Internet Explorer 8 was released last week at MIX09. It’s likely many users may already be running either the RTM version or one of the earlier betas.
IE 8 is more secure than previous versions (see Stay Safer Online for a list of IE8’s security features), including some of the default settings. Here’s one of those changes and how it may impact your OWA users (and potentially result in a helpdesk call).
A user gets an HTML message with images. When viewing the message in OWA, the user sees missing images, as shown below:
Instead of this:
Is that the web beacon and form filtering feature of OWA 2007 at work?
OWA 2007: Web beacon and form filtering
Web beacons (aka “web bugs”) are very small, transparent image files in web pages and HTML email. These ‘invisible’ images are commonly used by web sites to track visitors, along with cookies. When you inadvertently download such an image in an HTML email message, it calls home and tells Mr. Spammer: “I made it! The email address is valid, and someone even viewed the message!”
In Exchange 2007, OWA blocks web beacons, and displays the following prompt inline in the information bar (where header information such as subject, sender, recipient, and timestamp are displayed).
If users determine the message is from a trusted sender and safe to open, they can unblock the blocked content by clicking on the “Click here” link in the information bar (highlighted in Figure 3 above).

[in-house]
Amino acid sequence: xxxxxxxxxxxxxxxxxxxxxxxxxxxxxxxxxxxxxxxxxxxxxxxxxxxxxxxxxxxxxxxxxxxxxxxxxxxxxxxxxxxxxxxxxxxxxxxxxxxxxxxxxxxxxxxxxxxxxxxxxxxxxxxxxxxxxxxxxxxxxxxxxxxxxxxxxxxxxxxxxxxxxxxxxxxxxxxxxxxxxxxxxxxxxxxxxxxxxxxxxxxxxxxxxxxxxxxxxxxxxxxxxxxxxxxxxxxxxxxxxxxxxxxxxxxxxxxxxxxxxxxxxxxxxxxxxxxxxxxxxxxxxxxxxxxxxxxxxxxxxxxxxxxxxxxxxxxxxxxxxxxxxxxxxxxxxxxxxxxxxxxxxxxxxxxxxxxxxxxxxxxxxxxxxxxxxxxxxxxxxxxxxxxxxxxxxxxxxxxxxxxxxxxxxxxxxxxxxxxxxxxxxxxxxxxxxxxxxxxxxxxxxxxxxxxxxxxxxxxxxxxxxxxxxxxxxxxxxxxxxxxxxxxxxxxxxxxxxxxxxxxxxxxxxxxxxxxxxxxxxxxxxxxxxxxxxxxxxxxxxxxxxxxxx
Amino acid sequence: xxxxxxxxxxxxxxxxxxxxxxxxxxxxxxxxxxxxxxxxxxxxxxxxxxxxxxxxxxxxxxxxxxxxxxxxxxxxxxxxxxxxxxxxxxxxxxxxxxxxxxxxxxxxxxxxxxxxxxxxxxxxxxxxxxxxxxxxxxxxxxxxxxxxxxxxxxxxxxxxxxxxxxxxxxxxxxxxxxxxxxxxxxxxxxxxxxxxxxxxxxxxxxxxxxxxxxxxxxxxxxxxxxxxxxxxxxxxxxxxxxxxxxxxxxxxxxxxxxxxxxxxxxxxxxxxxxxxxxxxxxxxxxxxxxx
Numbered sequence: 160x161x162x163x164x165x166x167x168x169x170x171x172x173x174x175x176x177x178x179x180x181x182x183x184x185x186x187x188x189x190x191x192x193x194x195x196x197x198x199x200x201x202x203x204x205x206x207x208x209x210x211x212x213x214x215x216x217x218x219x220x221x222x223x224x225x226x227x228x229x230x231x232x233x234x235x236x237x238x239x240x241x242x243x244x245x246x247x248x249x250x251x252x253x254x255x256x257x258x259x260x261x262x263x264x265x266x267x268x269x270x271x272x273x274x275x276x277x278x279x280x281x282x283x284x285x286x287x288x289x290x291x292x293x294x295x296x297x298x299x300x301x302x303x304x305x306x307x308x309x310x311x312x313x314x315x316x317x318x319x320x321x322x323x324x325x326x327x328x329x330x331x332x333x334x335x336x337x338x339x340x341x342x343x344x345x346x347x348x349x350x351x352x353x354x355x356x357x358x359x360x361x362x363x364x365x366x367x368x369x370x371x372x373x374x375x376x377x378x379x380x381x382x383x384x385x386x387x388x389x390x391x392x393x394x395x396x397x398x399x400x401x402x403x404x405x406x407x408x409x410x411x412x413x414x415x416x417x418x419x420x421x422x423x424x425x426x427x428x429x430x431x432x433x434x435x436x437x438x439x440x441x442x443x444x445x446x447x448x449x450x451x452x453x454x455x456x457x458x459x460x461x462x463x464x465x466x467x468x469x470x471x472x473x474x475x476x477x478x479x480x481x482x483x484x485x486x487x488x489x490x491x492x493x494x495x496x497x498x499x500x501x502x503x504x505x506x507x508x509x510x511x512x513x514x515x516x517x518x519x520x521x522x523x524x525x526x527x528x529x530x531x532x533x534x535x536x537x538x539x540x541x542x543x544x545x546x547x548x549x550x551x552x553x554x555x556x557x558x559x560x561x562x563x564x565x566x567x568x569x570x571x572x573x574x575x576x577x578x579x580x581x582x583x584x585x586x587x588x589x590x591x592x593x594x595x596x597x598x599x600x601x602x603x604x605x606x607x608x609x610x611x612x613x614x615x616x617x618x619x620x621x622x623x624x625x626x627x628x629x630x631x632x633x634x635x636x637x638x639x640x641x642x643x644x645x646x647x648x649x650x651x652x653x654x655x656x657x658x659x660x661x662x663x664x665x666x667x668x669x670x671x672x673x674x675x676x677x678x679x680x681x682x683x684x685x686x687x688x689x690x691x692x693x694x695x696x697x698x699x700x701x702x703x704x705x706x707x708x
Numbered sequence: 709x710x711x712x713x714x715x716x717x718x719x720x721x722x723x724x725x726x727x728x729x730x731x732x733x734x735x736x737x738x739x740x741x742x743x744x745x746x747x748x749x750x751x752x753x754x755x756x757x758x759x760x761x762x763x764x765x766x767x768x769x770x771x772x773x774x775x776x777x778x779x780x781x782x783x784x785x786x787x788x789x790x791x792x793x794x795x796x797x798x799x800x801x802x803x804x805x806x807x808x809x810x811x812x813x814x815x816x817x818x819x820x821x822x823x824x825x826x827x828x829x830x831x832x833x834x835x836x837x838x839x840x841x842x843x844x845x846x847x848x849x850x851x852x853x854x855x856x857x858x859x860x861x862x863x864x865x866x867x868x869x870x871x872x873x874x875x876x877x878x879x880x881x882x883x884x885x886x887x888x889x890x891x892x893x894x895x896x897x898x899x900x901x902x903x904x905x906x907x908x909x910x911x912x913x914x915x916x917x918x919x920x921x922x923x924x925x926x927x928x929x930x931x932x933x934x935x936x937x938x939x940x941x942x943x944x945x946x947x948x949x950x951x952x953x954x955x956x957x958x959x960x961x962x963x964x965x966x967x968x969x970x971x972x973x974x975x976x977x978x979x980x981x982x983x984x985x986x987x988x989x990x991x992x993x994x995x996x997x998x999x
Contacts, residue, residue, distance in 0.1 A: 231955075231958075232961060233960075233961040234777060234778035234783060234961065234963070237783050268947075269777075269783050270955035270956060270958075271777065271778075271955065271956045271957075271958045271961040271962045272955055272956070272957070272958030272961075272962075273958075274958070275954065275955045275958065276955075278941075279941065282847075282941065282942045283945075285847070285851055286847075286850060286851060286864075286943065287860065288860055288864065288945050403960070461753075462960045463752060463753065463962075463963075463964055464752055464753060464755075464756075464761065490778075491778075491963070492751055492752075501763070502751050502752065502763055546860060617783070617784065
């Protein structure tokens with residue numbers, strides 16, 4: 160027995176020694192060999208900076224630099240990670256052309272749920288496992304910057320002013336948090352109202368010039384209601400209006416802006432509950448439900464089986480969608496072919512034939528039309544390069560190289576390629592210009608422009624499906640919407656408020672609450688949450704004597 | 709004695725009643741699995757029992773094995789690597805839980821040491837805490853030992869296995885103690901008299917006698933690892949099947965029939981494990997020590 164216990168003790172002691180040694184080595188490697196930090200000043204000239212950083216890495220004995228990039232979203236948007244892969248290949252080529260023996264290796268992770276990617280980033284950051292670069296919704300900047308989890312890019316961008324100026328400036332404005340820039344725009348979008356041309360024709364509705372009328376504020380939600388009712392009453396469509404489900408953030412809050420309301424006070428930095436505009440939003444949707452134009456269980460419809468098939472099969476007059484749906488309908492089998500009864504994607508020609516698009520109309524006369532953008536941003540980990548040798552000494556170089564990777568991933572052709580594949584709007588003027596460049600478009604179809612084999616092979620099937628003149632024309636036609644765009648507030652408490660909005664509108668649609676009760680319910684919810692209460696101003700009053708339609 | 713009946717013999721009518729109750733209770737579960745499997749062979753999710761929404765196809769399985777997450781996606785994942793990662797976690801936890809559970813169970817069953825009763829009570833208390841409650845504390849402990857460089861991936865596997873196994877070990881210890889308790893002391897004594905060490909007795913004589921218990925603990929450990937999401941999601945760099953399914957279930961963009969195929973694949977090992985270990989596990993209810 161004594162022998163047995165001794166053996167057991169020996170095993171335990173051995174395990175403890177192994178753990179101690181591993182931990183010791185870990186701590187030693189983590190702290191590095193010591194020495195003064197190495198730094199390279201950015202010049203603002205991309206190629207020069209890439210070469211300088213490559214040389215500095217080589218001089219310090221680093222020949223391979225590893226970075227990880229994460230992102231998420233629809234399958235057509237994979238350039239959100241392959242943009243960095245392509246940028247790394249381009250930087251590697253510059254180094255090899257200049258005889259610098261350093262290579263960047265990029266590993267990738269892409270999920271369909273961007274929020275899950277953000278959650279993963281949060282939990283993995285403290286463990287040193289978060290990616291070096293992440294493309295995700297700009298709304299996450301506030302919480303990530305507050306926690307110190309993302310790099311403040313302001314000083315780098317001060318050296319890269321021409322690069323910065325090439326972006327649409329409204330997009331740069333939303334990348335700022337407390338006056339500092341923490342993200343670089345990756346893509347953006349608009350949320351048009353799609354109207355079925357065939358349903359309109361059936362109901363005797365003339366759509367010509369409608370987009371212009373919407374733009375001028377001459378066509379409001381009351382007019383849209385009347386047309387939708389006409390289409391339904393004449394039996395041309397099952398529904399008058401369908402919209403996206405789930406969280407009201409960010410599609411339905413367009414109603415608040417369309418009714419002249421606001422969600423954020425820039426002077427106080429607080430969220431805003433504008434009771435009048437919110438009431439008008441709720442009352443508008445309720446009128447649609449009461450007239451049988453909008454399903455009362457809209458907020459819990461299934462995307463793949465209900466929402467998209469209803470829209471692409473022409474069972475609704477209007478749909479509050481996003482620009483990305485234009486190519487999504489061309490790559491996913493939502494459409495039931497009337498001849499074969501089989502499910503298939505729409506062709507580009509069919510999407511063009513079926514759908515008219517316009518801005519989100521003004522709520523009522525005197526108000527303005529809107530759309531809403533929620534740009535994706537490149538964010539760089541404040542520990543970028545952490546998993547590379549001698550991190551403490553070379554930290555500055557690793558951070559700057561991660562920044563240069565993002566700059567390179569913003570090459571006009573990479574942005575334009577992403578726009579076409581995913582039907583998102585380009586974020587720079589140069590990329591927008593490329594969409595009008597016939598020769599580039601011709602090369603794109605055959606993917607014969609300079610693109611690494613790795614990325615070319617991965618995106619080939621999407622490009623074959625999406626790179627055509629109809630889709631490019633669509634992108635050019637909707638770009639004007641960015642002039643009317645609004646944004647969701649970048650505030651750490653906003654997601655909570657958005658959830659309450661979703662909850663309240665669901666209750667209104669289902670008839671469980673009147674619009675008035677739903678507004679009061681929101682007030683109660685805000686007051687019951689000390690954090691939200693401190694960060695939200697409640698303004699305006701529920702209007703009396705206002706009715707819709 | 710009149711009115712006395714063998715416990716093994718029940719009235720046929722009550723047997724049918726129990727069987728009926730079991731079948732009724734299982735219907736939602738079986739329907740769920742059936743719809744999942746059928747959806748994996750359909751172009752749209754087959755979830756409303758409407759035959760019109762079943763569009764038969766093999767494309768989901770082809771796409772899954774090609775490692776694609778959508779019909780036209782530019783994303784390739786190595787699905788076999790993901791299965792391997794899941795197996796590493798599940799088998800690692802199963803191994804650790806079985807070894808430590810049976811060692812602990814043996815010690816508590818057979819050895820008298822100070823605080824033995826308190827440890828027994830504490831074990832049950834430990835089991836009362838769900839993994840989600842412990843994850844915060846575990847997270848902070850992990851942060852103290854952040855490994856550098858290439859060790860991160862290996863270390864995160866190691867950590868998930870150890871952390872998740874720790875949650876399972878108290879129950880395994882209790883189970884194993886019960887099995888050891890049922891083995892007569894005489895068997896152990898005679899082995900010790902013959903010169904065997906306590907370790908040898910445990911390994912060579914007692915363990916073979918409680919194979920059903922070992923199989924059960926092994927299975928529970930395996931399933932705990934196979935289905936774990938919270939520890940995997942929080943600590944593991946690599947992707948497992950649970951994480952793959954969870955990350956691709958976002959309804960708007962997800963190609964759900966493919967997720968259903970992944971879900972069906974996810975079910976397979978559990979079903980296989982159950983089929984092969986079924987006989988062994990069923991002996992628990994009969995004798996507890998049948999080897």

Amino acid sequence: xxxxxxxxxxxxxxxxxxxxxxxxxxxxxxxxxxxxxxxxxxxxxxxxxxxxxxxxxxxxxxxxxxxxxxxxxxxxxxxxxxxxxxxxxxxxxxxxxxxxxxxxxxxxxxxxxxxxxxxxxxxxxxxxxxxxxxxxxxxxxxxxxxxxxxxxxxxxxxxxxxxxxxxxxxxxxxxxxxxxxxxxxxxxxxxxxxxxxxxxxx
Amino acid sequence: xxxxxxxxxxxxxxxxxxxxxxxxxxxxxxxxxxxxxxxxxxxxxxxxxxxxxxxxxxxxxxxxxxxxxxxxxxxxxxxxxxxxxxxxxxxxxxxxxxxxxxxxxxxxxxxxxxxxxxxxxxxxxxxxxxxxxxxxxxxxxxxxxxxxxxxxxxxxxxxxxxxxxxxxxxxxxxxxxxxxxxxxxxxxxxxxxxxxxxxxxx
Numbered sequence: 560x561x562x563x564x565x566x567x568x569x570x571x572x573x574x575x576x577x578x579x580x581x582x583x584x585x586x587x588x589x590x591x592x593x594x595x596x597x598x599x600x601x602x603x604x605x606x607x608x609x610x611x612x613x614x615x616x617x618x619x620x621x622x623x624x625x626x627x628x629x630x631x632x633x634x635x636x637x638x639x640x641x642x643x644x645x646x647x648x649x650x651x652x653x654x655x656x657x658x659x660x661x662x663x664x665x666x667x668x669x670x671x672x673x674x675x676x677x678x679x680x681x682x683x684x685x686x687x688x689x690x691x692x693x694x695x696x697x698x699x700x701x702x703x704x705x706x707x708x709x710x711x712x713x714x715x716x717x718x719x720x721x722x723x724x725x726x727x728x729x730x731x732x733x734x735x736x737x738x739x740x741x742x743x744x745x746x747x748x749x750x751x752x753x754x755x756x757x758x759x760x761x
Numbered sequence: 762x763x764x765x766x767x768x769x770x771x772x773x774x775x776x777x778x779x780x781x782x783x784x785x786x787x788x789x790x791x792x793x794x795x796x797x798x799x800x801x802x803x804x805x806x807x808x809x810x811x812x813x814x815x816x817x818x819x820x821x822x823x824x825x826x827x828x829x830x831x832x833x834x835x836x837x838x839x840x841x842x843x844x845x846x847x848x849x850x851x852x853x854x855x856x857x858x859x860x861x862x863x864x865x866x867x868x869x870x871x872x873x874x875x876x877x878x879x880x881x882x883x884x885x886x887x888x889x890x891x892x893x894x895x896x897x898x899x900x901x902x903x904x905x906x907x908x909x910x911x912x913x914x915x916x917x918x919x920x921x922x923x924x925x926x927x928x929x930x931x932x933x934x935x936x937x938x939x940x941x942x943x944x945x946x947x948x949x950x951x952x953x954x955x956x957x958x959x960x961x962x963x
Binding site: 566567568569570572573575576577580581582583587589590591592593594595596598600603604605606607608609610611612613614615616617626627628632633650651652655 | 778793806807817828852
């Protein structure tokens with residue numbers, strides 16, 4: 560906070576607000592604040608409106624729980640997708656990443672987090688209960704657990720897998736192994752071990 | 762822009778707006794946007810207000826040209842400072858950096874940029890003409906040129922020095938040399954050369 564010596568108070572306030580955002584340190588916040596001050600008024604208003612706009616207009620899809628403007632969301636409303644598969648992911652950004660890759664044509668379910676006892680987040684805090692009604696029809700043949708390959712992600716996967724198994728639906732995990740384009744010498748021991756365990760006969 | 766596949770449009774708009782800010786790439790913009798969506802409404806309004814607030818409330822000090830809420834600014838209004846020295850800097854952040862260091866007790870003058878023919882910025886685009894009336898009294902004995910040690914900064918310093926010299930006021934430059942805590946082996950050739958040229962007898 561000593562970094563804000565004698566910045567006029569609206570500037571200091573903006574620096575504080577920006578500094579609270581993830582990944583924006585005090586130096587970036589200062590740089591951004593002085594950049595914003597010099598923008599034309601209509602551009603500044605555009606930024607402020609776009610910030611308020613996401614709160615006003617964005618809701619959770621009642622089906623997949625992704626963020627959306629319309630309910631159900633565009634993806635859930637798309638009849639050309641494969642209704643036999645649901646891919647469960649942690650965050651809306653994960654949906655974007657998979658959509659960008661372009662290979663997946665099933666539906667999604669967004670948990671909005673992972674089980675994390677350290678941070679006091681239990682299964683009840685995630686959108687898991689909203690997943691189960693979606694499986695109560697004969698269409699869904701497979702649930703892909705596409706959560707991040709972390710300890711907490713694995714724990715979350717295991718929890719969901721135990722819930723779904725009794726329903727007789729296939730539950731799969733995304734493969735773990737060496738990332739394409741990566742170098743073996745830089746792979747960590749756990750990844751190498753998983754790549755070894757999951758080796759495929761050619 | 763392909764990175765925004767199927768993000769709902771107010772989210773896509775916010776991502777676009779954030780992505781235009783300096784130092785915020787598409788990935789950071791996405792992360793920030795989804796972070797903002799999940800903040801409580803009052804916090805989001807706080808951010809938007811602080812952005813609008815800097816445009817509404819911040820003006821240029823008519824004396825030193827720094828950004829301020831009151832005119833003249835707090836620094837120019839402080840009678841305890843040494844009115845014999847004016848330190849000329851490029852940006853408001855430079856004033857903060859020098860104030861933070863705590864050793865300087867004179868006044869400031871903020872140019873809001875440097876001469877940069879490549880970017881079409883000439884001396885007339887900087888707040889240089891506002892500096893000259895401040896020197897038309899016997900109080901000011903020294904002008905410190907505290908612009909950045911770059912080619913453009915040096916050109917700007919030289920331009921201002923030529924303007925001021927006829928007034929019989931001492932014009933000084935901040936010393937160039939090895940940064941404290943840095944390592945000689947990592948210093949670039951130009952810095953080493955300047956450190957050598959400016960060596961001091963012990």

Web beacon and HTML form filtering behavior can be controlled for an OWA virtual directory. Use the Set-OwaVirtualDirectory cmdlet to toggle the FilterWebBeaconsAndHtmlForms property, as shown in How to Control Web Beacon and HTML Form Filtering for Outlook Web Access.
But you don’t see the familiar click here link in the message!
The Tale of The Two Prompts
You’re accessing OWA (or any other web page for that matter) over a secure HTTPS session. The page has images or other unsecure content (not unsecure as in malicious content, but the content is accessed using HTTP) it wants the browser to display. The first time the browser faces this scenario, it sends alarm bells ringing. It warns you, the user almighty, and asks you what you wish to do.
You may even remember the IE prompt— even if vaguely so. Yes, the one you dismissed by clicking the “Yes” button, without giving it any thought? Afterall, what harm could a lowly web page do to your highly secure computer?
In IE8, the prompt has been reworded, and the choices reordered. Here’s what the shiny new prompt looks like.
As you can see, users instinctively clicking the “Yes” button continue to be protected by Internet Explorer 8. They do not end up in an insecure state! Moreover, the dialog is clearer and more informative, compared to the one found in previous versions of IE. Here’s the dialog from IE 7: